There are numerous changes coming in 2011 and 2012 for property managers and landlords which affect your tax reporting.  It’s important to be prepared with the documentation and records necessary to be able to comply.  Rentec Direct’s property management software will provide tools in 2011 to accommodate these laws if they do not get repealed.

2011 Change for Landlords
Earlier this year Congress passed H.R.5297 which expanded reporting requirements for owners receiving rental income beginning in 2011. Specifically, Section 2101 establishes that, “a person receiving rental income from real estate shall be considered to be engaged in a trade or business of renting property.” This change will now require any person who receives rental income to file a Form 1099 for payments of $600 or more in a given year for each service provider. The new requirement does not include purchases of goods. Prior to this legislation, only real estate professionals such as those working in property management were considered to be in the “trade or business of renting property,” and thus required to file 1099 forms with the IRS for these types of payments.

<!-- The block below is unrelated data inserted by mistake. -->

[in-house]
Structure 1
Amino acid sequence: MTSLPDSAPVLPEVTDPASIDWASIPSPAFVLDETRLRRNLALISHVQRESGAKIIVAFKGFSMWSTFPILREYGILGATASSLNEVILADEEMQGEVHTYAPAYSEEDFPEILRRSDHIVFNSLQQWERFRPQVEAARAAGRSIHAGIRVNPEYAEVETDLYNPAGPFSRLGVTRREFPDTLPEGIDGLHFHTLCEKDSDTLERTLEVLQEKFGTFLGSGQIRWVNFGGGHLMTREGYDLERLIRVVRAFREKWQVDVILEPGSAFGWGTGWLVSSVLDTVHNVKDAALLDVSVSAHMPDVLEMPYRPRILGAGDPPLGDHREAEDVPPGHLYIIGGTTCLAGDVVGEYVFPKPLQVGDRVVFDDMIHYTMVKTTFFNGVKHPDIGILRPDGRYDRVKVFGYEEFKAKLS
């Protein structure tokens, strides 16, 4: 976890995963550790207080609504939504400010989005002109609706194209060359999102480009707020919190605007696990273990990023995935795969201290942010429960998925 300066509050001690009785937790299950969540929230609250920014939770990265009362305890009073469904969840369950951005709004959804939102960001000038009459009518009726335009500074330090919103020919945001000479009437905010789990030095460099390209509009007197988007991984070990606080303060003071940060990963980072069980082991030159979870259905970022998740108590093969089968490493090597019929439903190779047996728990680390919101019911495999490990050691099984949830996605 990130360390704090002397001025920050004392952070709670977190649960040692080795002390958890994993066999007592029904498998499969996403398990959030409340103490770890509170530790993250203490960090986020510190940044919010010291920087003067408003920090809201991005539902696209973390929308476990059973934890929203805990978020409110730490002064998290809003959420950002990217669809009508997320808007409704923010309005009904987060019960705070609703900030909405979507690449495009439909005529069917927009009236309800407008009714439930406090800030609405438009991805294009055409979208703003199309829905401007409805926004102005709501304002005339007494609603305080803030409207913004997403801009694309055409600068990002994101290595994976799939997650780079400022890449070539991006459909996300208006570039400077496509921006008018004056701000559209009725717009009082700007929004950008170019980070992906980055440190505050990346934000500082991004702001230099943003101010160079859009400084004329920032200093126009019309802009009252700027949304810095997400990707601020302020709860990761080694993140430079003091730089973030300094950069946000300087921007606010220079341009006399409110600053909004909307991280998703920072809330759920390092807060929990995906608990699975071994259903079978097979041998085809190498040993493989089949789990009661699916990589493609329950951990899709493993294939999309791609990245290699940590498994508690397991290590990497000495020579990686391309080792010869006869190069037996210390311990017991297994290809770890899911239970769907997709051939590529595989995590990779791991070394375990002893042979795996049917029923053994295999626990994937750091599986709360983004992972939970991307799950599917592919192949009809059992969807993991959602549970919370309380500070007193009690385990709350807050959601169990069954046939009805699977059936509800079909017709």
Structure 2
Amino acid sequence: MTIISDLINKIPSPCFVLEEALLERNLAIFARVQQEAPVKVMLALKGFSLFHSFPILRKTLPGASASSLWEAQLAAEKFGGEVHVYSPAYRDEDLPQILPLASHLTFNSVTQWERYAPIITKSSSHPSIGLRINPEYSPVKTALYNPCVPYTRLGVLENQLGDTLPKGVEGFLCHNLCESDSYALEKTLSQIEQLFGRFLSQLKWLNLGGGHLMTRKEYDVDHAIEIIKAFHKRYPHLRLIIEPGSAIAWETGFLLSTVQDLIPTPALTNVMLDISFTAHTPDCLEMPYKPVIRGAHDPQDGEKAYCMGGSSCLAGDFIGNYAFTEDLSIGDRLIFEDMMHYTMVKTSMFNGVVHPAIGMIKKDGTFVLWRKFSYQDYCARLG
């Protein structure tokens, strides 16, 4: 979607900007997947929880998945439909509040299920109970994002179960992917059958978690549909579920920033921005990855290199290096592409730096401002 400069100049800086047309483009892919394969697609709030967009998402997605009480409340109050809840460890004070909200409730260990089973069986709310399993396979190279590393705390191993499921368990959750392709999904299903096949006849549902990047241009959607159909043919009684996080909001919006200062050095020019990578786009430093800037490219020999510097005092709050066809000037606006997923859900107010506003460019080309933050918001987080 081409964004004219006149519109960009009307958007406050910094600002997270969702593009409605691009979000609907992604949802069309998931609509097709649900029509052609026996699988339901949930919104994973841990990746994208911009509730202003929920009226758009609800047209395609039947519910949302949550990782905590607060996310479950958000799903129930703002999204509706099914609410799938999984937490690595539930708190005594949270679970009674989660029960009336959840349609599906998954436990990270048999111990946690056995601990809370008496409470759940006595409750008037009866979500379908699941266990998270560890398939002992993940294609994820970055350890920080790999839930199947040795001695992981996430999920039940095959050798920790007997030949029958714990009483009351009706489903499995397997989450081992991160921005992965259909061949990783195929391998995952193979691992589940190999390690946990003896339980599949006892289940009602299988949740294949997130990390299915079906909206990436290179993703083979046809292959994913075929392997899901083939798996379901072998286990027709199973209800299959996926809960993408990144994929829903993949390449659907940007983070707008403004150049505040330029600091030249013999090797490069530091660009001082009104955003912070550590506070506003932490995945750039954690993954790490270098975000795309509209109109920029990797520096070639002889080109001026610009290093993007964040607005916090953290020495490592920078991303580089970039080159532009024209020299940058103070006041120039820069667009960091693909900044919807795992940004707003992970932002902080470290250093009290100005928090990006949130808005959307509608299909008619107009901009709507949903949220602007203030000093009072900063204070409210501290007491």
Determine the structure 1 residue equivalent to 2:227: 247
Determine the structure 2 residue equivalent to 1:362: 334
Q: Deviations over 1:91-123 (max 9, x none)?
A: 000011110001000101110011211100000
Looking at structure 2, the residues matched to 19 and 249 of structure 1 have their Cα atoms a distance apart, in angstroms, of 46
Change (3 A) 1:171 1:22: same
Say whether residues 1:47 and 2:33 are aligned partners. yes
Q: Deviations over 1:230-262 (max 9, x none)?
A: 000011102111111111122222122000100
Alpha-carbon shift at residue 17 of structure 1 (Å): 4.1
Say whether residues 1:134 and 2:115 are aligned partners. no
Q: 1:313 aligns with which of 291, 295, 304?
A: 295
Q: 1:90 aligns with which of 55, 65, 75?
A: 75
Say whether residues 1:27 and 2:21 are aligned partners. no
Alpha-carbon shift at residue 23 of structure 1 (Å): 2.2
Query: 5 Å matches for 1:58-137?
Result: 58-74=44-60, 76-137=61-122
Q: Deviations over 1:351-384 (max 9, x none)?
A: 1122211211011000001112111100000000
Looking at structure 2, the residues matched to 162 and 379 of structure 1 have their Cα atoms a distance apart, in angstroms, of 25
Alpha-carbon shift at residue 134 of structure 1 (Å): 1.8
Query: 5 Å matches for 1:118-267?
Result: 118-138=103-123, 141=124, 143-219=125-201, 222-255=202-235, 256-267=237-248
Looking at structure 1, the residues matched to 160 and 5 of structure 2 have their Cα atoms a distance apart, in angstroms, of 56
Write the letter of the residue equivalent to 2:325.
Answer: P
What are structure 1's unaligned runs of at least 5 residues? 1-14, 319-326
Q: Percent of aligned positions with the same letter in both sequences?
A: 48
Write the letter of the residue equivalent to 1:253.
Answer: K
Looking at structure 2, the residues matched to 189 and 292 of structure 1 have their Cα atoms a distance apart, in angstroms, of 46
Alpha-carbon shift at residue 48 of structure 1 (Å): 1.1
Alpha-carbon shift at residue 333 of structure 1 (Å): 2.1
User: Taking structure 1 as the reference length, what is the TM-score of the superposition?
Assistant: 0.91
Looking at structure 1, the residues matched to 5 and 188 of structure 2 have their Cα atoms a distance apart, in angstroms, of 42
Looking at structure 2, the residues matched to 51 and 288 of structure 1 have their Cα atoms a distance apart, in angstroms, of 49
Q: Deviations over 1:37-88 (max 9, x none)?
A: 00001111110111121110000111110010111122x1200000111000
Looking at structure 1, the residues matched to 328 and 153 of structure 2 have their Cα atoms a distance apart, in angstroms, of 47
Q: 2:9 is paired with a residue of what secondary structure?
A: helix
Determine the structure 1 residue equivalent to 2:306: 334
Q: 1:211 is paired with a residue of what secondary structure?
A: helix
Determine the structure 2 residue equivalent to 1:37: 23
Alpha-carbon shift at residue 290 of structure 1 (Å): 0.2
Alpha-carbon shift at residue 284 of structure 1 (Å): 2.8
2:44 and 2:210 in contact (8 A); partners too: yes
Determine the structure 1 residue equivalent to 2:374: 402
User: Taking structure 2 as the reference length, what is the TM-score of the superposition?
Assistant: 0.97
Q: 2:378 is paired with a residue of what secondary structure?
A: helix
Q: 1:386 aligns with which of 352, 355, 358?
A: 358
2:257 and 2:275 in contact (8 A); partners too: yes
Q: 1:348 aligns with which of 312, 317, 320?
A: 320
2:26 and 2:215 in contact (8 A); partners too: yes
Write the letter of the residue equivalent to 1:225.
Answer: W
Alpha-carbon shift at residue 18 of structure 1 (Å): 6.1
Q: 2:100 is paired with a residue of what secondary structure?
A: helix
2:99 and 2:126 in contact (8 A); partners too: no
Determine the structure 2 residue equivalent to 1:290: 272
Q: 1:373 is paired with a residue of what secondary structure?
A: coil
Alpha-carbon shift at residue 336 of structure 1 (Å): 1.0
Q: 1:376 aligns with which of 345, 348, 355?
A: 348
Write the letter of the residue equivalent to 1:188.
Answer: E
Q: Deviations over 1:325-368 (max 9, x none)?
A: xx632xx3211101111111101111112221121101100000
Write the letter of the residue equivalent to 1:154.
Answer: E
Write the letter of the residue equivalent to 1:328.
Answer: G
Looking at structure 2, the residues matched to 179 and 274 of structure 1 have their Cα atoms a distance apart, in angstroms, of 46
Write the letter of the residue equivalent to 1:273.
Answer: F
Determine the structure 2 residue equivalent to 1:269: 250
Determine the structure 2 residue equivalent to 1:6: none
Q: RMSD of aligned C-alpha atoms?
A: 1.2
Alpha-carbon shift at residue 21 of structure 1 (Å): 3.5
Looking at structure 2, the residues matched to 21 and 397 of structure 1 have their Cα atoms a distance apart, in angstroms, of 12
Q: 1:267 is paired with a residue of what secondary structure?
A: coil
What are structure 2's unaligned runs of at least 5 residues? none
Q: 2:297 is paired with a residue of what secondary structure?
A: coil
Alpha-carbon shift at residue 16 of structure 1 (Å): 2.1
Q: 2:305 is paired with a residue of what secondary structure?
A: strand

Exemptions were included in the legislation for military/intelligence personnel, those whose rental income is no more than a “minimal amount”, and for those who would experience a “hardship”. The second two exceptions have yet to be properly defined by the IRS.

2012 Change for Property Managers
Earlier this year Congress passed H.R.3590 which is a health care bill that has nothing to do with property managers and business, other than the fact that they slipped in these new reporting requirements for small businesses.  This bill expanded reporting requirements for all businesses beginning in 2012. Specifically, it requires the filing of Form 1099 for any business (including independent contractors and those who are self-employed) that makes a payment of $600 or more in a given year to any payee for goods and services. A separate Form 1099 will need to be filed for each payee. Payments to tax-exempt organizations are not included in this new requirement.

There have been several attempts to repeal this 1099 requirement but so far none have been successful. It’s unclear if there will be any further repeal attempts before the end of 2010. Click here for more information from Bloomberg Businessweek on recent repeal attempts.

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A lot of property managers and landlords disagree with these laws as they create an undue paperwork burden and unnecessary work on behalf of private landlords and managers.  Some resources are provided below on how to assist in repealing these costly laws.

Additional Resources
National Association of REALTORS®: IRS Form 1099 Issue Brief
National Council of Nonprofits: 1099 Information Page
American Society of Association Executives: Prepare for New 1099 Requirements
U.S. Chamber of Commerce: Letter to Congress Urging Repeal of 1099 Provision